Don Alejo Garza Tamez, the 77-year old property owner in Tamaulipas who defended his "rancho" near the state capital of Cd. Victoria, has now become a legend in the history of extortion during the latest chapter (2007-20??) in Mexico's war on drugs.
The story: On Saturday, November 13 of this year (2010) "Don Alejo," as he was known, received an extortion threat against his property, "rancho San Jose," a few acres of land 9 miles from Cd.Victoria, just South of South Padre Island. "Leave your property to us or we will kill you. You have 24 hours to vacate." Call the police? (are you kidding?) Give up the ranch? (No way!). Don Alejo told his employees to take Sunday off, don't come over here. He then spent the day organizing a one-man defense of his home, placing a gun and ammunition near each window of the house. On Sunday the bad guys came, firing in the air. Alejo chose his targets well during the gunfight that ensued, killing four and wounding two badly before the survivors fought their way into the house using hand grenades and killed him. Only then did the thieves begin to realize Alejo's noble death would prevent them from ever taking over his property. They fled.
Note to NRA: You might think about raising the funds to place a monumental statue of Don Alejo in front of his house, with a rifle clutched in his clammy dying hands: this one is more authentic than Charlton Heston, who used mere acting skills to rouse his audience with the same image.
This incident has captured the imagination of all of Mexico, but, if you've read this blog for the past couple of years you might expect it would provoke special discussion in Juarez.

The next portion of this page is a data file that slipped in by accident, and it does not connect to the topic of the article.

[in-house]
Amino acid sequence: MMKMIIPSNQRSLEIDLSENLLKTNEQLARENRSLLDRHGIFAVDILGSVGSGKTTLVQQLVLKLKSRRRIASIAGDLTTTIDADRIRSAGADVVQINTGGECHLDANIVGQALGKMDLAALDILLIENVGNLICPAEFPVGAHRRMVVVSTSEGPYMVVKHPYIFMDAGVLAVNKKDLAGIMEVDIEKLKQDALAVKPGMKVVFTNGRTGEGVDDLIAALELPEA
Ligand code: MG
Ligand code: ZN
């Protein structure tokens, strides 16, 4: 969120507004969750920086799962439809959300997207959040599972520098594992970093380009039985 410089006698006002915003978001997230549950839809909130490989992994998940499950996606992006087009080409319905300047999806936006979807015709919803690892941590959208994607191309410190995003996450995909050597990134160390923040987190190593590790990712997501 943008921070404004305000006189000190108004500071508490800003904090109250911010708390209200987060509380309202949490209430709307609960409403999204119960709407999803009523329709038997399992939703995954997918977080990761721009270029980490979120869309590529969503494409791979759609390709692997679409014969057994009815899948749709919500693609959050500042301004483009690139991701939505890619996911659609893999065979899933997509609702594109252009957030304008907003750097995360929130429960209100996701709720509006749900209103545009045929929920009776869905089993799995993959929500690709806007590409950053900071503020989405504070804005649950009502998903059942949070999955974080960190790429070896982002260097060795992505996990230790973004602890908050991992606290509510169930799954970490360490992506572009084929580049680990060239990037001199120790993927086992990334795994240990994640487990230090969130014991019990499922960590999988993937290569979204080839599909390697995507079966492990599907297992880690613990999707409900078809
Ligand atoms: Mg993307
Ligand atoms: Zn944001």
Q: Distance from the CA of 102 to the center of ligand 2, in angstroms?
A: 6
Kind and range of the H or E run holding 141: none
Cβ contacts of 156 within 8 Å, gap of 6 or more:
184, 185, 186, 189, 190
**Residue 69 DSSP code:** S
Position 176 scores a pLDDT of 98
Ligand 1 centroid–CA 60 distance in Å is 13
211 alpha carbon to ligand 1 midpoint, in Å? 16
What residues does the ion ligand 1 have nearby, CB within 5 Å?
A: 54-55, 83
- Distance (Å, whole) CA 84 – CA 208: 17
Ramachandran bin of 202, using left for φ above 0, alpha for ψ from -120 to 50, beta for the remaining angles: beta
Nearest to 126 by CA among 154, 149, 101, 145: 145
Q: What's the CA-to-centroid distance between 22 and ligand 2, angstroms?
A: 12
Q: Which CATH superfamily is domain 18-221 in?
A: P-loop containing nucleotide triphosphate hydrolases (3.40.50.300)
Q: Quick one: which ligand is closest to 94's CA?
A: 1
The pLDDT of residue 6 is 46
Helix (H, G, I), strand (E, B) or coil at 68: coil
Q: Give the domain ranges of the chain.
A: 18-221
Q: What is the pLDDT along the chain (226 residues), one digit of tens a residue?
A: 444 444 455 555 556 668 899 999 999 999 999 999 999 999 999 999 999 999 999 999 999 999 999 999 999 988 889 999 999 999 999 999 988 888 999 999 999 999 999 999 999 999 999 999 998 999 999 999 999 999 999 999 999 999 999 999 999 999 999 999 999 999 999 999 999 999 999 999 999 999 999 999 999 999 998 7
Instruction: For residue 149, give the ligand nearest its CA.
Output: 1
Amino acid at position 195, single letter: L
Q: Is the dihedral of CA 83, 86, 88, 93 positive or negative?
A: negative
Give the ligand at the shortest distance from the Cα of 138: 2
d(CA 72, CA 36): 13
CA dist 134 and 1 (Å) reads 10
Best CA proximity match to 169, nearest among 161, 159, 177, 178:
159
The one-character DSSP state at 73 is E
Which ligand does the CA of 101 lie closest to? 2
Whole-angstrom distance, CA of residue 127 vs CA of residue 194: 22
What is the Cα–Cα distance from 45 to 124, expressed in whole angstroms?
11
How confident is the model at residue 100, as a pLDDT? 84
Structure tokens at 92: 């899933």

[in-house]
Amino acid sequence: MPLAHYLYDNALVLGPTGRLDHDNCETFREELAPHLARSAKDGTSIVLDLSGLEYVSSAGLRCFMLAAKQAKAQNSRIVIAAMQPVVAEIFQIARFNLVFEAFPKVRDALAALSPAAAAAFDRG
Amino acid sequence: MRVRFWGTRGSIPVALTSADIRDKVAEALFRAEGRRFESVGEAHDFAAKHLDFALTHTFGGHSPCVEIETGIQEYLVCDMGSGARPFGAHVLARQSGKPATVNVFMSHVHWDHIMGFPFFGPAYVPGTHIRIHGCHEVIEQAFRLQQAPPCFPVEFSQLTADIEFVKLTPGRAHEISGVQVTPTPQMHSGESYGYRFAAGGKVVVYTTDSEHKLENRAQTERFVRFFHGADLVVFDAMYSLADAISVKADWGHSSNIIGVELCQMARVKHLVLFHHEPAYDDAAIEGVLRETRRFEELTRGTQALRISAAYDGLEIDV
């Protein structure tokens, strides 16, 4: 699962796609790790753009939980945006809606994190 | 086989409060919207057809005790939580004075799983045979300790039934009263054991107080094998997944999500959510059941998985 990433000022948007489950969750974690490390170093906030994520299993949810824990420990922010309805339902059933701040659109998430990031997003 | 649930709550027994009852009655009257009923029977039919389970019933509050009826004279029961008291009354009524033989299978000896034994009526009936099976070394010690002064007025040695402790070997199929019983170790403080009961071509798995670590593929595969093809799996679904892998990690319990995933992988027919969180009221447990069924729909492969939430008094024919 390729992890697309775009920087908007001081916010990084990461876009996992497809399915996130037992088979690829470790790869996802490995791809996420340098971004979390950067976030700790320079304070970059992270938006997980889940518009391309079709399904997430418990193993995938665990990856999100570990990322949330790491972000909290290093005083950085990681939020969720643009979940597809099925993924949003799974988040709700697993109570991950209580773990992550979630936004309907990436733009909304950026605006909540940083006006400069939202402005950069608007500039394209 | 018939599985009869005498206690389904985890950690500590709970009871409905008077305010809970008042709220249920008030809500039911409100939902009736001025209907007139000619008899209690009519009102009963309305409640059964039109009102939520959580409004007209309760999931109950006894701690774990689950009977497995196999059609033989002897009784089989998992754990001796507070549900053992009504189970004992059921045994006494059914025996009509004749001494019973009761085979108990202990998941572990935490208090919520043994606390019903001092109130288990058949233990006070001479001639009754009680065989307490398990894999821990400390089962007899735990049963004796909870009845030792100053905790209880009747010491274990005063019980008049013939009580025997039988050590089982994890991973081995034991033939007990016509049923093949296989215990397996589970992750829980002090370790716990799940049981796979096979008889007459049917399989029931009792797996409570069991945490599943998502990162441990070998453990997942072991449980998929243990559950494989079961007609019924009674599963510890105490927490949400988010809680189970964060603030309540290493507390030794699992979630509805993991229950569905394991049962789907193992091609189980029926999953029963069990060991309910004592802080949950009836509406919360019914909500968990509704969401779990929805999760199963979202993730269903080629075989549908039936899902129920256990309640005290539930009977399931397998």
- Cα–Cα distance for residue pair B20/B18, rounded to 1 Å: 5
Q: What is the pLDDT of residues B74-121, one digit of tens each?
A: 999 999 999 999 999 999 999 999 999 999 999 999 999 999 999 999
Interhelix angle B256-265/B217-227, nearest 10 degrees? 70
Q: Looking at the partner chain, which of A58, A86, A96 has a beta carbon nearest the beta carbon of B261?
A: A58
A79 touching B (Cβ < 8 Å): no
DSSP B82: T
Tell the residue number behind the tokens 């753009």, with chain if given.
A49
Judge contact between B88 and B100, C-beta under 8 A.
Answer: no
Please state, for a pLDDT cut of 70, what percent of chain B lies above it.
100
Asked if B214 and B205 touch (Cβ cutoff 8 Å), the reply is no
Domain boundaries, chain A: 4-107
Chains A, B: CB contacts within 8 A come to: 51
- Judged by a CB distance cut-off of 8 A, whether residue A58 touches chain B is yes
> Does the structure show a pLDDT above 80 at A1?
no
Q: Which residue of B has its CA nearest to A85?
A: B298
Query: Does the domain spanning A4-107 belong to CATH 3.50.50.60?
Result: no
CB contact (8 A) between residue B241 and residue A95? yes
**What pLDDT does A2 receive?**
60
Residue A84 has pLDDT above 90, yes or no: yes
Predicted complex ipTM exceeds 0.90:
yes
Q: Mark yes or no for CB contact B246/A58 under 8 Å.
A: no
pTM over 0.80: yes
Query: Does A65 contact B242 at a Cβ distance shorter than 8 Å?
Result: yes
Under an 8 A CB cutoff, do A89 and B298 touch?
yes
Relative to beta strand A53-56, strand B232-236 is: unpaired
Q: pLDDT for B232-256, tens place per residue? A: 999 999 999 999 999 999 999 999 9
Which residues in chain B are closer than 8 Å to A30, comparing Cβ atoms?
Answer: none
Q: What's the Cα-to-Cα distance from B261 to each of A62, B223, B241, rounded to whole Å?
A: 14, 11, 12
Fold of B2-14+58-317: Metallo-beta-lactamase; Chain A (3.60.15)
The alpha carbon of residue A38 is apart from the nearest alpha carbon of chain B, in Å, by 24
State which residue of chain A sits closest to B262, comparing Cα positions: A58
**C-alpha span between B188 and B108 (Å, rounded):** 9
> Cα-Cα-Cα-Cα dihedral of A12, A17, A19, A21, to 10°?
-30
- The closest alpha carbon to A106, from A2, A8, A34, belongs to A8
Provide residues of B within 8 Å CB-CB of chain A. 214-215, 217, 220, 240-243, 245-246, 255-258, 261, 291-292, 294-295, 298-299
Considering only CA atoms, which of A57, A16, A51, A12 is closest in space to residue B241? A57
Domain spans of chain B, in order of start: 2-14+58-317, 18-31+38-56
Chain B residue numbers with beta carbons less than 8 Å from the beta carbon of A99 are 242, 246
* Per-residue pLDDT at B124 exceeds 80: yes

Diario (click here) has an interesting note this morning. They interviewed 100 people "at random," (hardly a suitable sample size) to find out how they felt about relaxing gun laws in Mexico to permit households to purchase weapons for household defense.
If ever there were a place to debate gun laws, it is Juarez today, where armed self-defense is not just an abstract concept, given the very real threats your home might be violated by police or by extortionists, or murderers with many kinds of motivation.
From the very limited sample, it looks like a sophisticated debate. On the one hand there are those who argue having a weapon is dangerous, due to accidents, family violence, and because a weapon doesn't guarantee sufficient force to stop an assault, and because police or army troops increasingly invade homes looking for suspects, so there would be a danger of unnecessary violence. On the other hand there are those who claim that, since the emergency call number (066) often doesn't function at all or in an untimely fashion, and since the threats are very tangible for all sectors of society, the state should encourage everyone to have arms. Still others believe guns should be allowed, but registered, and should not be of the same caliber of arms provided to police and army. Several attorneys interviewed expressed the view that the Mexican Constitution guarantees citizens the right to have arms for household protection; in real life, however, it is extremely difficult to get a valid permit to buy a weapon.
Me? I will maintain a discreet personal silence on this issue, but the Mesilla Valley, this part of the Paso del Norte region (the other parts are Juarez and El Paso), is Pat Garrett and Billie the Kid-land, West of the Pecos, with a proud tradition of self-defense. And most folks around here, if they were living in Juarez, would obtain every weapon they could get hold of, plan a household defense just like Don Alejo did, and make sure everyone possible understood they were prepared to shoot to kill and if necessary join Don Alejo in the happy hunting grounds the moment anyone with arms--uniformed or not--burst into their homes unannounced.